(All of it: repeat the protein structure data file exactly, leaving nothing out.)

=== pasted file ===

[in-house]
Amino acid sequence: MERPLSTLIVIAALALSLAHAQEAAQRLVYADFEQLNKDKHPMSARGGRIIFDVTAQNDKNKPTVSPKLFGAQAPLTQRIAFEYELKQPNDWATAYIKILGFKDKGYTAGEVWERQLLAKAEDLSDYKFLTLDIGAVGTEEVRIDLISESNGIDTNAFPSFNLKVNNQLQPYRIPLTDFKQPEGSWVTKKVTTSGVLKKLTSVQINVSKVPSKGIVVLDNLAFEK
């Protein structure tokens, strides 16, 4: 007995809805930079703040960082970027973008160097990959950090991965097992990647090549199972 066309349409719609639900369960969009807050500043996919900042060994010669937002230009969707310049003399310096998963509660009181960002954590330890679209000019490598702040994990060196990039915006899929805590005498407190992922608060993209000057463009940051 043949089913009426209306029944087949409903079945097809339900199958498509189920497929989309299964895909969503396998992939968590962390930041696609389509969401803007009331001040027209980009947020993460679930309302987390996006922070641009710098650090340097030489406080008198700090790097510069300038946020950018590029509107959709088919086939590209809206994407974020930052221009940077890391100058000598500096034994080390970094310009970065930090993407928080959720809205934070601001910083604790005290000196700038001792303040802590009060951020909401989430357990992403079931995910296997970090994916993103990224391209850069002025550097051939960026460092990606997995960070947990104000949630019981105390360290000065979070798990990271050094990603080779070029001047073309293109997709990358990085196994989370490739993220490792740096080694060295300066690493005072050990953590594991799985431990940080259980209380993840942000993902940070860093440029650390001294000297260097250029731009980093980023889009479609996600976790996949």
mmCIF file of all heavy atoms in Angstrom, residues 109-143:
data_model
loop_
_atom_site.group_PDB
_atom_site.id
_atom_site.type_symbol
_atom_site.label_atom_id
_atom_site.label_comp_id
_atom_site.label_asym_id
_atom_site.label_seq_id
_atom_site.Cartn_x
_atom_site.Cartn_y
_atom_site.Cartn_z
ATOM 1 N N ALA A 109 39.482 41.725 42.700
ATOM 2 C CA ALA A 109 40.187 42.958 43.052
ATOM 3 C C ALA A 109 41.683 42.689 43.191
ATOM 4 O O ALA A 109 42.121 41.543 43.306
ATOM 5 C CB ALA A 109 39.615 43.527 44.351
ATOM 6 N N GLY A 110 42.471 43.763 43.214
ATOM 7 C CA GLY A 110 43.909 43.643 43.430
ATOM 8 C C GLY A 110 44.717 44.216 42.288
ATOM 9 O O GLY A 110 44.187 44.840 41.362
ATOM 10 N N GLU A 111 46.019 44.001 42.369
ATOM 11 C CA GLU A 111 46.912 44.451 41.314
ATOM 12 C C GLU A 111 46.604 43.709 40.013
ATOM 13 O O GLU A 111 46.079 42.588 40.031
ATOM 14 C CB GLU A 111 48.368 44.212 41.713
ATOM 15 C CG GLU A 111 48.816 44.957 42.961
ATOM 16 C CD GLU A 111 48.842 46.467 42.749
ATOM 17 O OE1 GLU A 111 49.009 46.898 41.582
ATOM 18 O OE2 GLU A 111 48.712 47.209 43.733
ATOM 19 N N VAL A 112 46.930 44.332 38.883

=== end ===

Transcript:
[in-house]
Amino acid sequence: MERPLSTLIVIAALALSLAHAQEAAQRLVYADFEQLNKDKHPMSARGGRIIFDVTAQNDKNKPTVSPKLFGAQAPLTQRIAFEYELKQPNDWATAYIKILGFKDKGYTAGEVWERQLLAKAEDLSDYKFLTLDIGAVGTEEVRIDLISESNGIDTNAFPSFNLKVNNQLQPYRIPLTDFKQPEGSWVTKKVTTSGVLKKLTSVQINVSKVPSKGIVVLDNLAFEK
């Protein structure tokens, strides 16, 4: 007995809805930079703040960082970027973008160097990959950090991965097992990647090549199972 066309349409719609639900369960969009807050500043996919900042060994010669937002230009969707310049003399310096998963509660009181960002954590330890679209000019490598702040994990060196990039915006899929805590005498407190992922608060993209000057463009940051 043949089913009426209306029944087949409903079945097809339900199958498509189920497929989309299964895909969503396998992939968590962390930041696609389509969401803007009331001040027209980009947020993460679930309302987390996006922070641009710098650090340097030489406080008198700090790097510069300038946020950018590029509107959709088919086939590209809206994407974020930052221009940077890391100058000598500096034994080390970094310009970065930090993407928080959720809205934070601001910083604790005290000196700038001792303040802590009060951020909401989430357990992403079931995910296997970090994916993103990224391209850069002025550097051939960026460092990606997995960070947990104000949630019981105390360290000065979070798990990271050094990603080779070029001047073309293109997709990358990085196994989370490739993220490792740096080694060295300066690493005072050990953590594991799985431990940080259980209380993840942000993902940070860093440029650390001294000297260097250029731009980093980023889009479609996600976790996949």
mmCIF file of all heavy atoms in Angstrom, residues 109-143:
data_model
loop_
_atom_site.group_PDB
_atom_site.id
_atom_site.type_symbol
_atom_site.label_atom_id
_atom_site.label_comp_id
_atom_site.label_asym_id
_atom_site.label_seq_id
_atom_site.Cartn_x
_atom_site.Cartn_y
_atom_site.Cartn_z
ATOM 1 N N ALA A 109 39.482 41.725 42.700
ATOM 2 C CA ALA A 109 40.187 42.958 43.052
ATOM 3 C C ALA A 109 41.683 42.689 43.191
ATOM 4 O O ALA A 109 42.121 41.543 43.306
ATOM 5 C CB ALA A 109 39.615 43.527 44.351
ATOM 6 N N GLY A 110 42.471 43.763 43.214
ATOM 7 C CA GLY A 110 43.909 43.643 43.430
ATOM 8 C C GLY A 110 44.717 44.216 42.288
ATOM 9 O O GLY A 110 44.187 44.840 41.362
ATOM 10 N N GLU A 111 46.019 44.001 42.369
ATOM 11 C CA GLU A 111 46.912 44.451 41.314
ATOM 12 C C GLU A 111 46.604 43.709 40.013
ATOM 13 O O GLU A 111 46.079 42.588 40.031
ATOM 14 C CB GLU A 111 48.368 44.212 41.713
ATOM 15 C CG GLU A 111 48.816 44.957 42.961
ATOM 16 C CD GLU A 111 48.842 46.467 42.749
ATOM 17 O OE1 GLU A 111 49.009 46.898 41.582
ATOM 18 O OE2 GLU A 111 48.712 47.209 43.733
ATOM 19 N N VAL A 112 46.930 44.332 38.883